The EU and the US Open Skies Agreement which was signed in 2007 became effective on March 30, 2008. The agreement allows any airline of the EU and any airline of the US to ﬂy between any point in the EU and any point in the US. The Agreement superseded previous bilateral agreements between the US and individual European countries.
Second (2nd) Freedom
The second freedom of the air is the right to make a landing for technical reasons (that is, refueling) in another country without picking up or setting down revenue passengers (ICAO, 2004). An example of a ﬂight requiring the second freedom would be Cathay Paciﬁc's ﬂight from Hong Kong to Toronto, Canada with a refueling stop in Anchorage, Alaska. In order for this ﬂight to occur, the US would have to grant Hong Kong second freedom rights. The second freedom right is usually granted since the airline provides revenue to the granting country in terms of landing fees and fuel purchase but does not compete with the domestic airlines. With today's modern aircraft, the requirement for refueling stops has diminished greatly, but, just a few years ago, the second freedom was important to many operators. Today, cargo carriers utilize second freedom rights the most.
Third (3rd) and Fourth (4th) Freedoms
The third and fourth freedoms of the air are essentially two sides of the same coin. The third freedom grants the right to carry revenue trafﬁc from your own country to another country, while the fourth freedom provides the right to carry revenue trafﬁc from the other country back to your own country (ICAO, 2004). These rights are usually granted together in order to allow an airline to operate a return air sen/ice. Third and fourth freedoms may only be granted for certain city pairs in air service agreements, and this puts limitations on air travel. Any international ﬂight that carries passengers between two countries requires third and fourth freedoms for that particular ﬂight.
Fifth (5th) Freedom
Fifth freedom rights enable an airline to carry revenue trafﬁc from their own country to another country, and then pick up and drop off traffic from the intermediate country to a third country. For these rights to be useable, the third country must also agree to the right. A prime example of ﬁfth freedom rights in action is Cathay Paciﬁc’s ﬂight from Hong Kong to Vancouver and then onto New York. On this ﬂight Cathay Paciﬁc is allowed to carry trafﬁc from Hong Kong to Vancouver and also from Vancouver to New York. In order for Cathay Paciﬁc to operate this ﬂight, Canada and the US must grant Hong Kong ﬁfth freedom for the route. Fifth freedom rights are rarely granted since the foreign airline is now competing with domestic airlines for the same trafﬁc. However, there are other examples of ﬁfth freedom rights such as Northwest’s inter-Asia operation from Tokyo Narita and EVA Ainuays operating the Taipei-Bangkok-London ﬂight with full trafﬁc rights from Bangkok to London. Fifth freedom rights are highly desirable to airlines, as segments can be tagged on to an existing ﬂight, and this increases its proﬁtability.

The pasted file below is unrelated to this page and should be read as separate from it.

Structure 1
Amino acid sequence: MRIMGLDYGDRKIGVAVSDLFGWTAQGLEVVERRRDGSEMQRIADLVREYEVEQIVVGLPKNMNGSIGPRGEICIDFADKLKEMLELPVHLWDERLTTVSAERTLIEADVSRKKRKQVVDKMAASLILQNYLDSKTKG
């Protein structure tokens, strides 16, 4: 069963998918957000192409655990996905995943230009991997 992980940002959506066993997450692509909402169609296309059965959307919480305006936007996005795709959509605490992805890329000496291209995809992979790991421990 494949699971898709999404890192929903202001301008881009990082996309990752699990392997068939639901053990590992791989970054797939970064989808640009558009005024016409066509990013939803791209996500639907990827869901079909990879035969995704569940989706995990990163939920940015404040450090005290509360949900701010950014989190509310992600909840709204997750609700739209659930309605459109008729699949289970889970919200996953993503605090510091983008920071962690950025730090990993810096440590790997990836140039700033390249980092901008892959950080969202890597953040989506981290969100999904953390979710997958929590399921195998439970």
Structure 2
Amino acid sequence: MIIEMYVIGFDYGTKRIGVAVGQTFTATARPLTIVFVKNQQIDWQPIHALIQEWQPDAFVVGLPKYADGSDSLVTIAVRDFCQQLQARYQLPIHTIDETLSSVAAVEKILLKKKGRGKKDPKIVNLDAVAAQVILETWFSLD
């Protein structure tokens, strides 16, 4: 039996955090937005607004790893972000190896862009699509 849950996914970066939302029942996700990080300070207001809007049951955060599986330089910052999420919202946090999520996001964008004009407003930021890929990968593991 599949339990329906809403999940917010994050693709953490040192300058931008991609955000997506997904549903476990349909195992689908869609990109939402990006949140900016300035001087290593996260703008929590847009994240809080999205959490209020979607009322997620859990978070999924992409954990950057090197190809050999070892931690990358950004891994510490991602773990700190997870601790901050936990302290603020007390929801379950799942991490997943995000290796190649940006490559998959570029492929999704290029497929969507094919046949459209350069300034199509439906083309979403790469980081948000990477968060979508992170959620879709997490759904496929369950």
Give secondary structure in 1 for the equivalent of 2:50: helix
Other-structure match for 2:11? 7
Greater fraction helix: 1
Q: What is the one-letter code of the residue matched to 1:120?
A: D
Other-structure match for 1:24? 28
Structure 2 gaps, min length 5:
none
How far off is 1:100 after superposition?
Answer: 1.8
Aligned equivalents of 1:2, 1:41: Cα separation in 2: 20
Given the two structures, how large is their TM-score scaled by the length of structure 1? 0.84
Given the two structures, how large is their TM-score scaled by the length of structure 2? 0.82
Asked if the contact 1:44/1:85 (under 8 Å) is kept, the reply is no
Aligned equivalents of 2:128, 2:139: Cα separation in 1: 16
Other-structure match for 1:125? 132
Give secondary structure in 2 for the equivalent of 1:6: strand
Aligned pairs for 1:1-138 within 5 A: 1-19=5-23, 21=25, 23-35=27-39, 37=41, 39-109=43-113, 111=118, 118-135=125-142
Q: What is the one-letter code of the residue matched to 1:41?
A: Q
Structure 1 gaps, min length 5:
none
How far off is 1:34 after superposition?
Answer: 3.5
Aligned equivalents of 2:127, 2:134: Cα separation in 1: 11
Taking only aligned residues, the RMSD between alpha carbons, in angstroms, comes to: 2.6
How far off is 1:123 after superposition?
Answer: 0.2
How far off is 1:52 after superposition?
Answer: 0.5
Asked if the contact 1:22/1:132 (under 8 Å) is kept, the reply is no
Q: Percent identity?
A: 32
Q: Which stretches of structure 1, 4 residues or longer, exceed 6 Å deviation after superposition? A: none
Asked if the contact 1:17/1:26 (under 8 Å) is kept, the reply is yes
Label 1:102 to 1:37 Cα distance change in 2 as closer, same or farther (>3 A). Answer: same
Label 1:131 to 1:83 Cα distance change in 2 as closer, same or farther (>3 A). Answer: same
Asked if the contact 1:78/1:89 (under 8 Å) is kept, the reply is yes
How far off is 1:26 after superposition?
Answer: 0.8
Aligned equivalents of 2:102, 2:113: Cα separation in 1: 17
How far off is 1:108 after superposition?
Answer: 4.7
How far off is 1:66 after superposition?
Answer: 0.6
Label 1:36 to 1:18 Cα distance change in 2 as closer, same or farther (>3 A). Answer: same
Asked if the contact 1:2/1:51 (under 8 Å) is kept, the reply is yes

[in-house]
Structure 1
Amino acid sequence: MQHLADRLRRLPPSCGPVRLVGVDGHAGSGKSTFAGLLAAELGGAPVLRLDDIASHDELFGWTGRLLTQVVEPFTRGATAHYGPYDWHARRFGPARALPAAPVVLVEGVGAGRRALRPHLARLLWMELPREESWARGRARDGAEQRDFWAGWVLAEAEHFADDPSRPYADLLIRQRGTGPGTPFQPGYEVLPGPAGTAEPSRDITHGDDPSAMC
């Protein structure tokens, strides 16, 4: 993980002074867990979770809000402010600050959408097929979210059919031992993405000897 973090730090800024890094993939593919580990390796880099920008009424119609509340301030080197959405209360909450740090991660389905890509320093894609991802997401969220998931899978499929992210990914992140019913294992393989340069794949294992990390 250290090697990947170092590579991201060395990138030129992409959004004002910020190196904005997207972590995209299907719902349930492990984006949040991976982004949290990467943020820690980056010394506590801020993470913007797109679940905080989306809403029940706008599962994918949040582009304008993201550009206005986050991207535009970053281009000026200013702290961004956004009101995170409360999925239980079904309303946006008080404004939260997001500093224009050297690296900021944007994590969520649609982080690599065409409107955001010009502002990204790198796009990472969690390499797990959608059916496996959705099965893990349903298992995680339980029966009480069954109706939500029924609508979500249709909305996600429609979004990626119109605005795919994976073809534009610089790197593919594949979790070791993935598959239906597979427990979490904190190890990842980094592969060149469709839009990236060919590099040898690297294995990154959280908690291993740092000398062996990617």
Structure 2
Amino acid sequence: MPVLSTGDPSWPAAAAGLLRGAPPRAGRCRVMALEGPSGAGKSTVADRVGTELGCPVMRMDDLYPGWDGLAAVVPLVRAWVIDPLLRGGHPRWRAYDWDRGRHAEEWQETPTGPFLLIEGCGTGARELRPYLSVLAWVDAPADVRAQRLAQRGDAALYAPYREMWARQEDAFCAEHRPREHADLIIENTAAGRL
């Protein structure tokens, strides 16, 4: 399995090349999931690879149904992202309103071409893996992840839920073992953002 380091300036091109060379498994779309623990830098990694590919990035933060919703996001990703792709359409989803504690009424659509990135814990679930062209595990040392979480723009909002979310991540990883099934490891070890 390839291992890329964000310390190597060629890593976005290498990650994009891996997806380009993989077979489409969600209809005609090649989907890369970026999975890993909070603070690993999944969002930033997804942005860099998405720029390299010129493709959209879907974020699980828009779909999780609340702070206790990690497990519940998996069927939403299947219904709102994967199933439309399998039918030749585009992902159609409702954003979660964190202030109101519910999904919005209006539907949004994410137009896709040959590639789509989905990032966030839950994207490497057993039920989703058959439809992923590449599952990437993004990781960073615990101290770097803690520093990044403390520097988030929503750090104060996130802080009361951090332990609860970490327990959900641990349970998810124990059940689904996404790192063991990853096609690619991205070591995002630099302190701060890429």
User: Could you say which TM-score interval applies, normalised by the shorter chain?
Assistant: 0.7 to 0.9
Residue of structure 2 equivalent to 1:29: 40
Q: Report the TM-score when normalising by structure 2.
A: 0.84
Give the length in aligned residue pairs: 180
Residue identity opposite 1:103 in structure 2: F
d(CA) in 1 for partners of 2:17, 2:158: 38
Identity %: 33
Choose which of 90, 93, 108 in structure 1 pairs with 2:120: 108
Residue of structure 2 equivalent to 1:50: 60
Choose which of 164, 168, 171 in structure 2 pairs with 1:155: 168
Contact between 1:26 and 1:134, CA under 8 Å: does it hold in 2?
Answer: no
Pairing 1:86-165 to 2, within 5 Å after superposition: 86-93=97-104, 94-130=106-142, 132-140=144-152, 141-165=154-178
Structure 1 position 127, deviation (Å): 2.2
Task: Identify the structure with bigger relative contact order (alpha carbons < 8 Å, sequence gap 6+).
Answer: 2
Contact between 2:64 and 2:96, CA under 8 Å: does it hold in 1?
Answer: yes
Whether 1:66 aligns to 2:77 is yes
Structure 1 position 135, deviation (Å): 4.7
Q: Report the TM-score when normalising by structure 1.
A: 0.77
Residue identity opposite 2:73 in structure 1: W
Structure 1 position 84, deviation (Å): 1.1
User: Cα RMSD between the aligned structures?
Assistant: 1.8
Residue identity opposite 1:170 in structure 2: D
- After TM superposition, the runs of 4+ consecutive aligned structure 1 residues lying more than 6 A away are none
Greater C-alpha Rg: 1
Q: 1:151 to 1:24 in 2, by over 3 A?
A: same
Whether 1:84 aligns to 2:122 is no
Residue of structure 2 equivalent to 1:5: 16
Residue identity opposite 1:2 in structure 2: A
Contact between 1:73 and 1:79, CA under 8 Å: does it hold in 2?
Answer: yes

The sixth freedom of the air allows an airline to carry trafﬁc between two other countries by using its home base as a transit point. A prime example of this is an airline that ﬂies a passenger from Europe to North America and then transfers that passenger onto a ﬂight to Mexico or Central America. Usually sixth freedoms are not granted explicitly, but are given implicitly when third and fourth freedoms are granted. A slightly modified form of the sixth freedom, or “modiﬁed sixths" would allow an airline to transfer a passenger through its hub from two points in the same foreign country (Field, 2005). An example of a “modiﬁed sixths” would be a passenger ﬂying on a Canadian airline from Boston to Seattle that uses Toronto, Canada as its transfer point. Currently “modified sixths” are not allowed, but there is movement in North America to possibly allow this to happen (Field, 2005).